The effects of climate change on the living world are very difficult to predict. However, the changes will be dramatic and they are already beginning to occur. Species will need to disperse freely in order to survive the effects of climate change.
He cites a number of scientists, already expressing concern about species being driven harder by climate change to migrate ‘through landscapes that human activity has rendered increasingly impassable’.
The pressures of climate change on species are driving them away from the heat. We saw evidence presented last week of tropical fish species appearing in Tasmanian waters. We need to think about the same plight of migratory birds: more birds moving south along their flyway and directly into the proposed Bald Hills wind farm. I call on the federal government and Minister Tony Burke to intervene and to stop this harmful project.
The PRESIDENT: Is there any objection to the tabling of the document? There being no objection, the document is tabled.
Senator Sean EDWARDS (South Australia): It seems our moons are in alignment between Victoria and South Australia, Senator Madigan, because I too rise on to speak on wind energy. You could probably head it: ‘Blowing away the spin of renewable energy developers pocketing taxpayers’ cash – the money-go-round’. I have a different take on the same issue but, nonetheless, I think we are probably talking from the same song sheet.
I rise tonight to talk about the proliferation of wind farms in South Australia and the adverse impacts they are having on my home state. I do not come to this issue from a perspective of whether or not there is a health impact from the noise of turbines or blades, rather that Australians are paying dearly for this renewable source of power. More than half the wind power installed to date across this nation has been in South Australia. Proponents of wind farms claim these are now generating 31 per cent of the electricity from 534 turbines in South Australia, but they never acknowledge this growth is being driven artificially.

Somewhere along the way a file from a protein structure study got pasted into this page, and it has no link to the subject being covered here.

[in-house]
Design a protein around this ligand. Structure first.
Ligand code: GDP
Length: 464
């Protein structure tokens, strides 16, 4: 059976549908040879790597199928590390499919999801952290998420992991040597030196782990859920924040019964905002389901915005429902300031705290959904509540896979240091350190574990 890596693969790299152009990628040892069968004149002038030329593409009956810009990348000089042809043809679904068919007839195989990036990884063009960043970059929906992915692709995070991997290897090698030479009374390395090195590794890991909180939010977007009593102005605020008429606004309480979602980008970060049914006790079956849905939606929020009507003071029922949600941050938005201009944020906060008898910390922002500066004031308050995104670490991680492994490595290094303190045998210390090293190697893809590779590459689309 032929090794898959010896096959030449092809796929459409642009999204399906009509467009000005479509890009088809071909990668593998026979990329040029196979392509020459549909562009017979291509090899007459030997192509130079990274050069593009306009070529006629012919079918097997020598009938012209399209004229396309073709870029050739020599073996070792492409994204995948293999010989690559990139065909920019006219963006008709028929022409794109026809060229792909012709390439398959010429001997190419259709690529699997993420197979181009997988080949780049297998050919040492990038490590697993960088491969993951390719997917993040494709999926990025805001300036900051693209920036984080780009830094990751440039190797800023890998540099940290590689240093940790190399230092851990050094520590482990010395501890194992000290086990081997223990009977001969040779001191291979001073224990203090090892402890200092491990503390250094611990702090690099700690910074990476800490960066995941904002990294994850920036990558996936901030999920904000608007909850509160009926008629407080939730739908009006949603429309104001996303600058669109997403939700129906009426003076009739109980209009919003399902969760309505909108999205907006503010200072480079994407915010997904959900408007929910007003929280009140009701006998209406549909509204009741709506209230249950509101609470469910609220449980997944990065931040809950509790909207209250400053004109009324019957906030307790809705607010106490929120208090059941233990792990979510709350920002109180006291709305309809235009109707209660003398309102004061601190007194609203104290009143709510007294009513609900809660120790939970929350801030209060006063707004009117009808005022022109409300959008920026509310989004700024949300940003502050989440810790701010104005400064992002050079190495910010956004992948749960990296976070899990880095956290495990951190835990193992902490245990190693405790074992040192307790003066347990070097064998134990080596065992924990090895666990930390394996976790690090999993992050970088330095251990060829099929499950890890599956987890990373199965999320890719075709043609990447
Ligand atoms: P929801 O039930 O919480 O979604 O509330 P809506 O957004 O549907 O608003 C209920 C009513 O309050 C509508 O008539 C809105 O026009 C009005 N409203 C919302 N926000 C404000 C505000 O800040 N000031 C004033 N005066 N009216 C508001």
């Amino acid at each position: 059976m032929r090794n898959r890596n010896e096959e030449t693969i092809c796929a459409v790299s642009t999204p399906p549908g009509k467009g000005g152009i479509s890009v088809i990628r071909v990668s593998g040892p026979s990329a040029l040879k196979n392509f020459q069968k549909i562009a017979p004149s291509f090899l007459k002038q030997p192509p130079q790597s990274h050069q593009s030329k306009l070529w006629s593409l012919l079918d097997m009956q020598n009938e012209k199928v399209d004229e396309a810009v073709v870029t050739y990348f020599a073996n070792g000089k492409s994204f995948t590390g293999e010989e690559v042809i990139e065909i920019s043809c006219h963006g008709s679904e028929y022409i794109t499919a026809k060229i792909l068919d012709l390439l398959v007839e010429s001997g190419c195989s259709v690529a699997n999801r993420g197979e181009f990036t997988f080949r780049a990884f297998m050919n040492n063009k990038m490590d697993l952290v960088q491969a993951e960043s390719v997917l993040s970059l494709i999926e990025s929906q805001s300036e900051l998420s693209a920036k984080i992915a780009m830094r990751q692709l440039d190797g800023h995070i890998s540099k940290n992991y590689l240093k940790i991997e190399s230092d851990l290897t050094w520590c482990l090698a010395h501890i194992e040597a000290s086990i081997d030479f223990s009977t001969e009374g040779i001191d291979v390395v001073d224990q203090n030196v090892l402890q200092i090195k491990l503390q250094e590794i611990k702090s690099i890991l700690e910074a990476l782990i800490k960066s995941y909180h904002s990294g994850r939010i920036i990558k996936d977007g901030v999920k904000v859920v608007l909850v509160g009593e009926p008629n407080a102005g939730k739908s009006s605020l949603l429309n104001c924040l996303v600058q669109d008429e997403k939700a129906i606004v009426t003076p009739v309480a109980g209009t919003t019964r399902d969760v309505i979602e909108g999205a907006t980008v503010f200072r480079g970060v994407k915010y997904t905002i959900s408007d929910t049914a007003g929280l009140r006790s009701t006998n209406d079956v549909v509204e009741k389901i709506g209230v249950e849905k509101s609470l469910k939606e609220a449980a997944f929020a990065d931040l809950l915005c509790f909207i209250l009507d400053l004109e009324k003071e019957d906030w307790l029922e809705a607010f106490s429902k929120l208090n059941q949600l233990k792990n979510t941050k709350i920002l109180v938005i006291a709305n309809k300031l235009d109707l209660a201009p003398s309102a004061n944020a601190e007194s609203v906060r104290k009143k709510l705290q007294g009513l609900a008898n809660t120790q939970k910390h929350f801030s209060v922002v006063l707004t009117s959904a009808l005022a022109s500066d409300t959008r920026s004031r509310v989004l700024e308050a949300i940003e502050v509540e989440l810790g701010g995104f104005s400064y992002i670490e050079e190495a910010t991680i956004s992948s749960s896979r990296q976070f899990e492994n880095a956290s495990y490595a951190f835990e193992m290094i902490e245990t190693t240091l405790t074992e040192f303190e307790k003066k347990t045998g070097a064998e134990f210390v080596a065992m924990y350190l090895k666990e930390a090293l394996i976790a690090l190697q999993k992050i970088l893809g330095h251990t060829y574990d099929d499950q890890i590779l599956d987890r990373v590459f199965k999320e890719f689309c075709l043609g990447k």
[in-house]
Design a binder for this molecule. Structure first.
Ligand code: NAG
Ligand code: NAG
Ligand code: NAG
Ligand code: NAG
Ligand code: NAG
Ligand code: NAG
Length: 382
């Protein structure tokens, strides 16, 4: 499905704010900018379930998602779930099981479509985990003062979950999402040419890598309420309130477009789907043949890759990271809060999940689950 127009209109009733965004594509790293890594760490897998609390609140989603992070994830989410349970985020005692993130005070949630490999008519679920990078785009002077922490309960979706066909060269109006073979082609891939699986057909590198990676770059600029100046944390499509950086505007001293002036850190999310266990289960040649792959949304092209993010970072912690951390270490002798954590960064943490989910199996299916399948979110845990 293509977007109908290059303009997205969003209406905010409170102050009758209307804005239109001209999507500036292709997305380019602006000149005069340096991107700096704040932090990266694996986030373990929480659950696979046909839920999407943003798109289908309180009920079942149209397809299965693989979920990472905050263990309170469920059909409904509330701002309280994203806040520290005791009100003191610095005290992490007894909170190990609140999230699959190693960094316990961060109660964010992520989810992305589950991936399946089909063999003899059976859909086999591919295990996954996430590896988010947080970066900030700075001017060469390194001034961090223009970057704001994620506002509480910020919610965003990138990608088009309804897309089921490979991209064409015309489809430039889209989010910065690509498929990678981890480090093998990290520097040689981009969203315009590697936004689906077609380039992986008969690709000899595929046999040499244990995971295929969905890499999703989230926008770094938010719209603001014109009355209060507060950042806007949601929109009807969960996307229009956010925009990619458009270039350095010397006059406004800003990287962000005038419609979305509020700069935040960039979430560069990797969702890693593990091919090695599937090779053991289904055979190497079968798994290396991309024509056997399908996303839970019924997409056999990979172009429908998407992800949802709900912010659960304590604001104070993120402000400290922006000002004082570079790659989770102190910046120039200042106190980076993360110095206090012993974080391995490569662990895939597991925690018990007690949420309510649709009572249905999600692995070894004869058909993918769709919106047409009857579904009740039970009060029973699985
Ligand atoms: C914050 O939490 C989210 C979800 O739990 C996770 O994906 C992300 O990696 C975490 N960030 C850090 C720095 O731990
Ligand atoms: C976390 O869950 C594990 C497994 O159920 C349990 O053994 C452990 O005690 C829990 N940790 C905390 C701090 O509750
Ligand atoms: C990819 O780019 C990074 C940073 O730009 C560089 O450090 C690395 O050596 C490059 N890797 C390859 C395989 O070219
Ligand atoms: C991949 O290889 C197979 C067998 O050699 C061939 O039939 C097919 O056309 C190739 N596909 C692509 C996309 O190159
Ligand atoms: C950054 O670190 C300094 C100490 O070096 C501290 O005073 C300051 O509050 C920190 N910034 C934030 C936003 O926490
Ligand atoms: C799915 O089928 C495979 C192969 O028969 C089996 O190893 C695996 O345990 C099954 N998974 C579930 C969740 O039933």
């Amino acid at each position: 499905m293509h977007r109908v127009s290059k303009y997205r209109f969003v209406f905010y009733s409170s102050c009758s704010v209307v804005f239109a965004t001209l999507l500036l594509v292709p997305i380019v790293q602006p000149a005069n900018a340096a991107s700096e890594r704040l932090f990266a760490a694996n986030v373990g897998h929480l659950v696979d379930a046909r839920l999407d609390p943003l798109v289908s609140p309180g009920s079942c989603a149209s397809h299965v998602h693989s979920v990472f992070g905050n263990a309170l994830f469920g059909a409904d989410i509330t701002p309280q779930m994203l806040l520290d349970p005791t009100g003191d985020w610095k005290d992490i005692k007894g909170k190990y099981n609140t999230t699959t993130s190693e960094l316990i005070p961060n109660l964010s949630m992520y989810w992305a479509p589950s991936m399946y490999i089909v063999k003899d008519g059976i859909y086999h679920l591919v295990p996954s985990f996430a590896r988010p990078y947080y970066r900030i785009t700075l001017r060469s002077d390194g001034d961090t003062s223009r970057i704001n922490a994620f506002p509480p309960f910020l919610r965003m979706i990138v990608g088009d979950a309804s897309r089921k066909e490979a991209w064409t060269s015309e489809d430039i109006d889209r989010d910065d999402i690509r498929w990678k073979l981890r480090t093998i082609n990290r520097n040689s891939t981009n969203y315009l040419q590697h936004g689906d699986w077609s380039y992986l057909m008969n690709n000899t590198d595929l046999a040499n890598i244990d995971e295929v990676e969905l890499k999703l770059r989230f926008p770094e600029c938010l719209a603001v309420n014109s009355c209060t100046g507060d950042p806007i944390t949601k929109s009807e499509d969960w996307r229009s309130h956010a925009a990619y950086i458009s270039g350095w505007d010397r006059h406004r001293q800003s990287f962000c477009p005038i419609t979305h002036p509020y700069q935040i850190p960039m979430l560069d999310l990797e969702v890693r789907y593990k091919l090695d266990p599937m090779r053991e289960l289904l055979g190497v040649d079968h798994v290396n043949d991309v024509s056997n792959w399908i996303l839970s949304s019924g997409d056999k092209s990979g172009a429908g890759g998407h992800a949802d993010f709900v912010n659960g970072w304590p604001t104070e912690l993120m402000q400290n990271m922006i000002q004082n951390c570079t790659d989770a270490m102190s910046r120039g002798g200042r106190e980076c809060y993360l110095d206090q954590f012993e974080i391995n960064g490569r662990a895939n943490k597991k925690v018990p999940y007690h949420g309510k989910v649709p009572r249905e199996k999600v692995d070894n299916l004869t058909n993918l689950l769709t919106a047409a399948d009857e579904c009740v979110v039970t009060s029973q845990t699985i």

Renewable energy certificates have enabled the developers of wind farms to maximise their returns because of the Gillard government’s commitment to 20 per cent of Australia’s electricity coming from renewable sources by 2020. Electricity retailers are legally required to purchase a set number of large-scale generation certificates each year. One LGC equals one megawatt hour of generated renewable energy electricity. The market price for LGCs can fluctuate daily and has varied between $10 and $60 in the past. The end result is that South Australians are paying the highest electricity prices in the nation. Power charges have risen by more than 40 per cent since 2007 and are expected to increase by another 30 per cent over the next two years.
I have welcomed an academic’s critique of wind farms because consumers and taxpayers need to know how much this form of renewable energy is costing them. I refer to the statement of the University of Adelaide’s climate change professor, Mr Barry Brooks, who said:
There’s no guarantee that building wind farms will bring down power prices. It certainly hasn’t to date …